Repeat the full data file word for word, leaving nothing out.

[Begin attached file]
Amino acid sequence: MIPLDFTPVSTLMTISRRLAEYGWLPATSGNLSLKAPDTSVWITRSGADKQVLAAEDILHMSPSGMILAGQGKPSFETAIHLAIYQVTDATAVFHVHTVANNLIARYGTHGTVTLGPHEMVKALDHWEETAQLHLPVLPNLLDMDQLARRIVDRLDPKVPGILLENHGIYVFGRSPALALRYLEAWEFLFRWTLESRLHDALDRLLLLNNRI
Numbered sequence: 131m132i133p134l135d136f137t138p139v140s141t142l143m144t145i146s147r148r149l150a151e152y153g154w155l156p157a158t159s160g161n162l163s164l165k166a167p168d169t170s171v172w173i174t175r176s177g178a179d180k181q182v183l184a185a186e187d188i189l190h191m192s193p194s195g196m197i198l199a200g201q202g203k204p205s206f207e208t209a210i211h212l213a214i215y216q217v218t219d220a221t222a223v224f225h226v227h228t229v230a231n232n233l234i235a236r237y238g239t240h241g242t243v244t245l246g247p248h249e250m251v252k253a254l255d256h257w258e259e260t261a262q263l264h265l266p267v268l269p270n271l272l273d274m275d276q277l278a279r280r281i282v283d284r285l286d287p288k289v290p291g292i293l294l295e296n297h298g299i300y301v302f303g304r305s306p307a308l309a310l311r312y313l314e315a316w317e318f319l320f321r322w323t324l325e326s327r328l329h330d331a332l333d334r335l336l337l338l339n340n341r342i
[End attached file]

Amino acid sequence: MIPLDFTPVSTLMTISRRLAEYGWLPATSGNLSLKAPDTSVWITRSGADKQVLAAEDILHMSPSGMILAGQGKPSFETAIHLAIYQVTDATAVFHVHTVANNLIARYGTHGTVTLGPHEMVKALDHWEETAQLHLPVLPNLLDMDQLARRIVDRLDPKVPGILLENHGIYVFGRSPALALRYLEAWEFLFRWTLESRLHDALDRLLLLNNRI
Numbered sequence: 131m132i133p134l135d136f137t138p139v140s141t142l143m144t145i146s147r148r149l150a151e152y153g154w155l156p157a158t159s160g161n162l163s164l165k166a167p168d169t170s171v172w173i174t175r176s177g178a179d180k181q182v183l184a185a186e187d188i189l190h191m192s193p194s195g196m197i198l199a200g201q202g203k204p205s206f207e208t209a210i211h212l213a214i215y216q217v218t219d220a221t222a223v224f225h226v227h228t229v230a231n232n233l234i235a236r237y238g239t240h241g242t243v244t245l246g247p248h249e250m251v252k253a254l255d256h257w258e259e260t261a262q263l264h265l266p267v268l269p270n271l272l273d274m275d276q277l278a279r280r281i282v283d284r285l286d287p288k289v290p291g292i293l294l295e296n297h298g299i300y301v302f303g304r305s306p307a308l309a310l311r312y313l314e315a316w317e318f319l320f321r322w323t324l325e326s327r328l329h330d331a332l333d334r335l336l337l338l339n340n341r342i